Safe and Stress-Free Drive to Work
Like it or not, for many people, the daily drive into work is unavoidable. For some people, commuting by public transportation is not an option.
The daily commute by road into work can be the most stressful part of the day. The frustrations of long lines of vehicles and bad or inconsiderate drivers can get to the best of us.
When you get frustrated or angry, you are likely to take more risks. You may forget all the driving safety precautions you would usually take.
Whether you are commuting to work, or driving at the weekend, it’s better to get there late than to not get there at all.
To help you cope with the daily commute to work, here’s our top tips for a safe and stress-free drive to work.
Commuting to Work – How to Reduce Stress
Getting stressed on your way to work is bad for your health, bad for your driving, and you’ll be in a bad mood when you arrive. So, read these ten tips that will help stay chilled on your daily commute.
1. Leave Earlier
You will be amazed at how less stressful your drive to work will be if you give yourself an extra ten minutes.
Much of the stress of commuting is brought on by worrying about being late. If you leave more time for your journey, a car cutting-in in front of you won’t seem so bad. A slow driver holding you up won’t make you mad.
Give yourself a little extra time to get to work and the drive won’t seem so bad. You’ll also get some time for a quiet cup of coffee before you start the working day.
2. Take a Few Deep Breaths and Count to Ten
Try not to get mad at other drivers. If you lose your temper it could be dangerous for you and dangerous for other road users.
If the feel the red mist rising, take a few deep breaths and count to ten. Think about the situation and you will realize that it is not worth getting mad at other drivers. After all, getting mad is not going to change anything.
3. Try a Different Route
The route to work that you currently take may be the most direct, but is it the fastest? Try taking a different route. You might find the traffic is lighter on the back roads.
Varying your route to work will also break up some of the monotony. Even if it does take a little bit longer, a change of scenery will do you good.
4. Listen to Some Calming Music
Chill out on your daily commute with some soothing music. Or, lose yourself in a good audio book.
Music lowers the blood pressure and reduces stress. Listening to music will make your drive more bearable and you will arrive at work in a much better mood.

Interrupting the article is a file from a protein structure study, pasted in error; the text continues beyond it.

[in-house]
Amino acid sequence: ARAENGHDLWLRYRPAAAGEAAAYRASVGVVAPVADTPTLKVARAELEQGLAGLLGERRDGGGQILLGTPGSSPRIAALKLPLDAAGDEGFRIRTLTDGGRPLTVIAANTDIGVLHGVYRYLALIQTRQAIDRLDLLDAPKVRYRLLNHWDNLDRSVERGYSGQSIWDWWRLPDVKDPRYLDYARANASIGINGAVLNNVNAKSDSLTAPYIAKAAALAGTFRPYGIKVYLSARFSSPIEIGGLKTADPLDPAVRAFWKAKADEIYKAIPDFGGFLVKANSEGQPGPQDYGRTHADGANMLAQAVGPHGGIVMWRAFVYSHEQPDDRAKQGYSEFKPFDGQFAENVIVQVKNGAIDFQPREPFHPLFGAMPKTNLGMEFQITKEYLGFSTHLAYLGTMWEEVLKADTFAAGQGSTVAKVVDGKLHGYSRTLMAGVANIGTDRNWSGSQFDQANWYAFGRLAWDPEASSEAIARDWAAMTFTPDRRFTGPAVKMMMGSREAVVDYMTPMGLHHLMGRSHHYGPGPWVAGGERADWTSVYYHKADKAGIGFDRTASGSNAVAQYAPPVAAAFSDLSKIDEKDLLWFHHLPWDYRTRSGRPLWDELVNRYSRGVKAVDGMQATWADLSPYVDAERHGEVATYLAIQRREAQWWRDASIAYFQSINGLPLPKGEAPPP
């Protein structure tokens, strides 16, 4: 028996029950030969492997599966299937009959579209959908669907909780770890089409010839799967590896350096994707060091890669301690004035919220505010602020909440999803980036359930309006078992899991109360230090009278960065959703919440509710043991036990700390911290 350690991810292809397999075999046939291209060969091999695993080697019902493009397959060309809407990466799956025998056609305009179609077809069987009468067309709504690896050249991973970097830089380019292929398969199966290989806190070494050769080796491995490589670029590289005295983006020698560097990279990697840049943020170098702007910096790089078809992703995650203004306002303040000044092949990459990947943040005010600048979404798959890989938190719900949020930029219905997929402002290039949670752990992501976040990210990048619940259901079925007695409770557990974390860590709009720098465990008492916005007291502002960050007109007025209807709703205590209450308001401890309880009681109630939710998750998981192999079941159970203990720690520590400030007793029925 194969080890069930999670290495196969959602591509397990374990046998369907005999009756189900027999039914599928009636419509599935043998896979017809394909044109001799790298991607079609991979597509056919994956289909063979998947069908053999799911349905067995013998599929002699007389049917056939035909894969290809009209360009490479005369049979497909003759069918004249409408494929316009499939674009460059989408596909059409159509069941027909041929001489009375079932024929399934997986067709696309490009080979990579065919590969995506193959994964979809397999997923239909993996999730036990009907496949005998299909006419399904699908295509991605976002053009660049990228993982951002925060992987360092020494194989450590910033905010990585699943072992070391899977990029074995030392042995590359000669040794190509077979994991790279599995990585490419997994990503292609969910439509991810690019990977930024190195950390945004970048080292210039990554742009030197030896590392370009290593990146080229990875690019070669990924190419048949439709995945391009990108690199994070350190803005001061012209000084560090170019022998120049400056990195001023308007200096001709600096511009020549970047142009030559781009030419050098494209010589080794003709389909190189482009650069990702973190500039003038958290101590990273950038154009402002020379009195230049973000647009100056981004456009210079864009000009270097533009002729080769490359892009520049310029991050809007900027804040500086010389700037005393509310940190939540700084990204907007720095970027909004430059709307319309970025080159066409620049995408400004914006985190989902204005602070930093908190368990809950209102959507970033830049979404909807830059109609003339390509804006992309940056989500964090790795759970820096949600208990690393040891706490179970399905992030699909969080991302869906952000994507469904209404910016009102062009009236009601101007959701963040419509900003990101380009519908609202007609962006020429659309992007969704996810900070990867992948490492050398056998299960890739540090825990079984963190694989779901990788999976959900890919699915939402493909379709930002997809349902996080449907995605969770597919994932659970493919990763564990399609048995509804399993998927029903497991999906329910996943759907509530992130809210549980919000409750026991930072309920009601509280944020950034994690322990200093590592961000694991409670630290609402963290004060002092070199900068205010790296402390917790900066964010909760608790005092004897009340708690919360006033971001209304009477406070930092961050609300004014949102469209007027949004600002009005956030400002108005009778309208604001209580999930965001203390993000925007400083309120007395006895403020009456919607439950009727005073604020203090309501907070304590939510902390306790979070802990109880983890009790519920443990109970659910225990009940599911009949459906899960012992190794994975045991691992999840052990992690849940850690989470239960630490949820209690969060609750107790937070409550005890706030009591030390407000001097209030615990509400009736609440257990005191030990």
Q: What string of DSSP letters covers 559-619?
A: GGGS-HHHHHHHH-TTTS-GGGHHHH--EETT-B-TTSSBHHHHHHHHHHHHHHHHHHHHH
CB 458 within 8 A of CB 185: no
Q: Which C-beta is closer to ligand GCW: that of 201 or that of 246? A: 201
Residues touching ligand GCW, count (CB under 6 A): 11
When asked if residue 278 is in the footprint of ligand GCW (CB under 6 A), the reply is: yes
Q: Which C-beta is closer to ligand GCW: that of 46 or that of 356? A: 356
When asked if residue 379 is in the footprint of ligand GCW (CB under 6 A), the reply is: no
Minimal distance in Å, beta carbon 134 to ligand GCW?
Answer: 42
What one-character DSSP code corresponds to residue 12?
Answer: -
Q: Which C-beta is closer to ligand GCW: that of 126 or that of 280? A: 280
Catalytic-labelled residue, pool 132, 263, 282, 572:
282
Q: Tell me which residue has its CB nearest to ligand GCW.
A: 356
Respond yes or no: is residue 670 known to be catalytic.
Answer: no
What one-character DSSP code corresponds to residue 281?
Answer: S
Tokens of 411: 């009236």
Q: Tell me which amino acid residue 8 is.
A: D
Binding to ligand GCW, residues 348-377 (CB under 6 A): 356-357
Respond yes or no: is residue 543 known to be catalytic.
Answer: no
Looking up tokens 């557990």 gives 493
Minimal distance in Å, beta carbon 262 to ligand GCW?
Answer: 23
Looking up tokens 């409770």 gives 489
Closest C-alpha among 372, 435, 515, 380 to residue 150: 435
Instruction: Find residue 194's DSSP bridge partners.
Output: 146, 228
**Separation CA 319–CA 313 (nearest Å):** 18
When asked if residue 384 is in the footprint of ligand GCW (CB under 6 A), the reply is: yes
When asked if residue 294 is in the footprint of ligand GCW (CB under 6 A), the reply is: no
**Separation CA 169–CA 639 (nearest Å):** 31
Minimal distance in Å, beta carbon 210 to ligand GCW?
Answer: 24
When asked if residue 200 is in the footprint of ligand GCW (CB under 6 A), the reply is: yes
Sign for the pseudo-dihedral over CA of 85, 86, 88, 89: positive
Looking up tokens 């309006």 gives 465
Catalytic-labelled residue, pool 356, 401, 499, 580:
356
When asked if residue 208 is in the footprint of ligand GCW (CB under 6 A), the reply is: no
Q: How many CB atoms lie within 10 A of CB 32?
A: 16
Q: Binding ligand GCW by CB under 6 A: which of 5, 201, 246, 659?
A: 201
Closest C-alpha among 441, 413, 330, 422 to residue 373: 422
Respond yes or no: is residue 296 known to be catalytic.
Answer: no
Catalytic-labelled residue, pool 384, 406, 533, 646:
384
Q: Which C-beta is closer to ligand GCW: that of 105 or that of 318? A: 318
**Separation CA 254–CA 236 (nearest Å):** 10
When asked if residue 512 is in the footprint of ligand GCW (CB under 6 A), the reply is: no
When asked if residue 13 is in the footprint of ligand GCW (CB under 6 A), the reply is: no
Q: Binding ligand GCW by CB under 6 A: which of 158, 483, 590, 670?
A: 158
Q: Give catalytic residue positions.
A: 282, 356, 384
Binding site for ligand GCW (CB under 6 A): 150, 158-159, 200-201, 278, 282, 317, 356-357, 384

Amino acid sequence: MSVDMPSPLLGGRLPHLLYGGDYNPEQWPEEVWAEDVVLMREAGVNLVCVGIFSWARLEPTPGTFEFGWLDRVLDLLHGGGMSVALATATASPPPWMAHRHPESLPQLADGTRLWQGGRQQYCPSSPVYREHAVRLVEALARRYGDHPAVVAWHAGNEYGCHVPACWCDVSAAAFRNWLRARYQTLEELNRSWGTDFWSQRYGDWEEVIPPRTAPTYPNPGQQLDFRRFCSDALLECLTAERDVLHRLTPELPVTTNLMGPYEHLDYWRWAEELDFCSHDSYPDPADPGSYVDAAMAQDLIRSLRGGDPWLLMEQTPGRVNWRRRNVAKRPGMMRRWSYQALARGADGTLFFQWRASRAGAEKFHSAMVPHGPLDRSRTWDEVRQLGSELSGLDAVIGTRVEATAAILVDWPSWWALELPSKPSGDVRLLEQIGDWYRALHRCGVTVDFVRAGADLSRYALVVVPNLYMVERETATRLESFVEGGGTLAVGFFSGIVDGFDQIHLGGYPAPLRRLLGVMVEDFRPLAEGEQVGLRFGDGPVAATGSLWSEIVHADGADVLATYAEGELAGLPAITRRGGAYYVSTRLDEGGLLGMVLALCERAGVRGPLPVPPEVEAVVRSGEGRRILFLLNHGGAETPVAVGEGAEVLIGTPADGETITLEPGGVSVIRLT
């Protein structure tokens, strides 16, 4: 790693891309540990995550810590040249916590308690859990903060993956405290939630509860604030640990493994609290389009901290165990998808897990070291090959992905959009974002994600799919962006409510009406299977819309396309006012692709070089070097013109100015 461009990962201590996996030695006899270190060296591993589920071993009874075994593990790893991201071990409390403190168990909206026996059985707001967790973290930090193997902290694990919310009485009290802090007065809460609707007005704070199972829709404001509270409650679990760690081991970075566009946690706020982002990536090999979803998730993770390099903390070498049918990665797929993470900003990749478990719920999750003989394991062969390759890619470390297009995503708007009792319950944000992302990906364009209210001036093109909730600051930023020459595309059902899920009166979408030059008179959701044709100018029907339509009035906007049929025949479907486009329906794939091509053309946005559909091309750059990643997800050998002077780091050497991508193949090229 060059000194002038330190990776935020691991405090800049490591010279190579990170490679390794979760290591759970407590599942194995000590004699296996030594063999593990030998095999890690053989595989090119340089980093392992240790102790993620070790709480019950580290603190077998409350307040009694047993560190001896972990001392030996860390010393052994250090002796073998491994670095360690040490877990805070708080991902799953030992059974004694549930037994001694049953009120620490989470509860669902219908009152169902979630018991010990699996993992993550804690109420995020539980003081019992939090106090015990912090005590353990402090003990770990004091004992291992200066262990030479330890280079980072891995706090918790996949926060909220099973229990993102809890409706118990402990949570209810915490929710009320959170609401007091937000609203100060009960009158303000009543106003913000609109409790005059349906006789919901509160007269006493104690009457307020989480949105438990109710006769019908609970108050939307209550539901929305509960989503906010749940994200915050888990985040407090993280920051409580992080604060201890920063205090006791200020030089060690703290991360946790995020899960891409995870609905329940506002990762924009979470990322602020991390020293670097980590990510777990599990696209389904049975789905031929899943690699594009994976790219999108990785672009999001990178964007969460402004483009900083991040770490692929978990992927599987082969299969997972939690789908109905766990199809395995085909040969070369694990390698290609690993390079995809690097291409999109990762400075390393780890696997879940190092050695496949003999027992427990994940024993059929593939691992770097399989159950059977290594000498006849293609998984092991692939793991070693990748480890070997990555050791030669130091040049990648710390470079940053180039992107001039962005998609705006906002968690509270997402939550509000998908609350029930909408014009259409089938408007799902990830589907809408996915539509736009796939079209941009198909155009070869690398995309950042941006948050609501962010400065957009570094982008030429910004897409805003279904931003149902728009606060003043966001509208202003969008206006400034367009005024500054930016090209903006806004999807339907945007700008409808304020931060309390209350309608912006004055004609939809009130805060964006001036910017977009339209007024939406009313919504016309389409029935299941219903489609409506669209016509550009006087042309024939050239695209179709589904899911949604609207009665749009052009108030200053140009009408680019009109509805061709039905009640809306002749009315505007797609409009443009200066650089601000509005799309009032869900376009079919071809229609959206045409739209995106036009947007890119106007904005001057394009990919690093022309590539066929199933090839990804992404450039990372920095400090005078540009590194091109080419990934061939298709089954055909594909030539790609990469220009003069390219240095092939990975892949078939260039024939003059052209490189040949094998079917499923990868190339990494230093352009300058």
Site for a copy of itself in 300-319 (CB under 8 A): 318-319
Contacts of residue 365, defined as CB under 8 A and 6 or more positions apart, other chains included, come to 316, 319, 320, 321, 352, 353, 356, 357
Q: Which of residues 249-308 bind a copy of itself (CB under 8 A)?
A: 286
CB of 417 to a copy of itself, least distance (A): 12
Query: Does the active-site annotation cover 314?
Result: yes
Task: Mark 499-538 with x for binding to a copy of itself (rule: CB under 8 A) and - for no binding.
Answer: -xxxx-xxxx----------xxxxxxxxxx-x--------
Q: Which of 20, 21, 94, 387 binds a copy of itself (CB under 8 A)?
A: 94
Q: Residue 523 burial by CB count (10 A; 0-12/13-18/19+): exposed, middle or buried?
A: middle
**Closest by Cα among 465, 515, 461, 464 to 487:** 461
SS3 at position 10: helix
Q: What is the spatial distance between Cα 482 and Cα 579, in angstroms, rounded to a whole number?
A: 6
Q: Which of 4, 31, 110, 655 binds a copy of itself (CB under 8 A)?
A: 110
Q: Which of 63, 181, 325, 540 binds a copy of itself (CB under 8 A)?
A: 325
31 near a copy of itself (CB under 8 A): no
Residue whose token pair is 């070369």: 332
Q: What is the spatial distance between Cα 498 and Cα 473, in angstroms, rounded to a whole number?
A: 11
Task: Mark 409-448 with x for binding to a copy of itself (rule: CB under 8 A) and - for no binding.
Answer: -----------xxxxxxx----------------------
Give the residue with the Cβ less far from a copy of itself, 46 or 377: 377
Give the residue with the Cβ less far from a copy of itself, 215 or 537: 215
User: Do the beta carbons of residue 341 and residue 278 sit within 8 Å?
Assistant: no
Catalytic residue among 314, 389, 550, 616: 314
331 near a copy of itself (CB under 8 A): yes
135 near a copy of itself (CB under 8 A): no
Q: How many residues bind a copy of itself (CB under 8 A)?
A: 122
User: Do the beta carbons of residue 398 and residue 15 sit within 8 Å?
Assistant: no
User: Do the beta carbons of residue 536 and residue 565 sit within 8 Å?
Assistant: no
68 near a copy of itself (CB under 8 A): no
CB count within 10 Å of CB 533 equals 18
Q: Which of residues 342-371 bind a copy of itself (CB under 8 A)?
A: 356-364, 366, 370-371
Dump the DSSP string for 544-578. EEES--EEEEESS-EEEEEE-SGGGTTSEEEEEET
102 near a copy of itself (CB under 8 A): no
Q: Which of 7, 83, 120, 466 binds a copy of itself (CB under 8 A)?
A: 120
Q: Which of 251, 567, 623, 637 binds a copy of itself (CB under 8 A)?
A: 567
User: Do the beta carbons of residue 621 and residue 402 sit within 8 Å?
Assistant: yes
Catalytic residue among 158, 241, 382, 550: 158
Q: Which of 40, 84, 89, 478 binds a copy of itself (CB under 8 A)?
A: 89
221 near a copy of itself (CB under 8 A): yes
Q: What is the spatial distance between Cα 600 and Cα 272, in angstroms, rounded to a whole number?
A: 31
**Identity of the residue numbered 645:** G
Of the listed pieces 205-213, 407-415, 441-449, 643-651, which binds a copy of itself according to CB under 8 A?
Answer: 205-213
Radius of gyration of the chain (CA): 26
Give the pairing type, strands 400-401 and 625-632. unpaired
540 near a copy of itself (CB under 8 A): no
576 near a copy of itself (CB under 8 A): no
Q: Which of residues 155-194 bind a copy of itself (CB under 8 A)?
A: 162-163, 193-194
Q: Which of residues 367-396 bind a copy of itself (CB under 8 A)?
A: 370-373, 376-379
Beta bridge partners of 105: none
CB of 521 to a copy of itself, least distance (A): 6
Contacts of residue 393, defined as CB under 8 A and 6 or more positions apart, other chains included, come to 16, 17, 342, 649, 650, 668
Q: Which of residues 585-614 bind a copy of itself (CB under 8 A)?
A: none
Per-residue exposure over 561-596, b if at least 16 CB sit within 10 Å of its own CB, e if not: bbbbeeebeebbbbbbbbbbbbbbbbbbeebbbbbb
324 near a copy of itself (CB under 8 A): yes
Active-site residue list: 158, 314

5. Change Your Working Hours
Have you thought about changing your working hours? Some jobs demand regular office hours, but many don’t.
Have a word with your boss and see if it would be OK to arrive and leave an hour later. You will still get the same amount of work done, but you could miss the worst of the peak hour traffic.
6. Don’t Take It Personally
If another driver does something stupid or dangerous, try to let it go. Everyone is in the same situation in the rush hour. Everyone is getting frustrated.
When someone does do something annoying, don’t take it personally. You don’t know them, and they don’t know you. They are probably just as late for work as you are, so they are not thinking straight.
7. Join a Car Pool
Join a car pool so you that you don’t have to drive every day. Even if you are driving, having some company will help make the time pass.
Car pools are also good for the environment. The more people share cars, the fewer cars there are on the road.
Many states and cities have carpool schemes. These schemes will help you find people to share your commute with. Most of them also offer rewards for carpooling as well.
8. Use Traffic Apps
You can avoid some of the traffic by using traffic apps. You could listen to the radio, but then you must wait for the traffic report to find out the areas to avoid.
9. Accept That You Will Be Late Sometimes
If you are running late, accept it. Phone your boss (safely) and explain that you are stuck in traffic.
Once you have accepted that you will be late, you will stop worrying about it.
If you don’t make a habit of being late, any reasonable boss will understand that it happens sometimes.
10. If You Get Too Stressed, Take a Break
If your blood begins to boil and you feel like you are about to snap, pull over and take a break. Take five minutes, get out of your car, and have a stroll.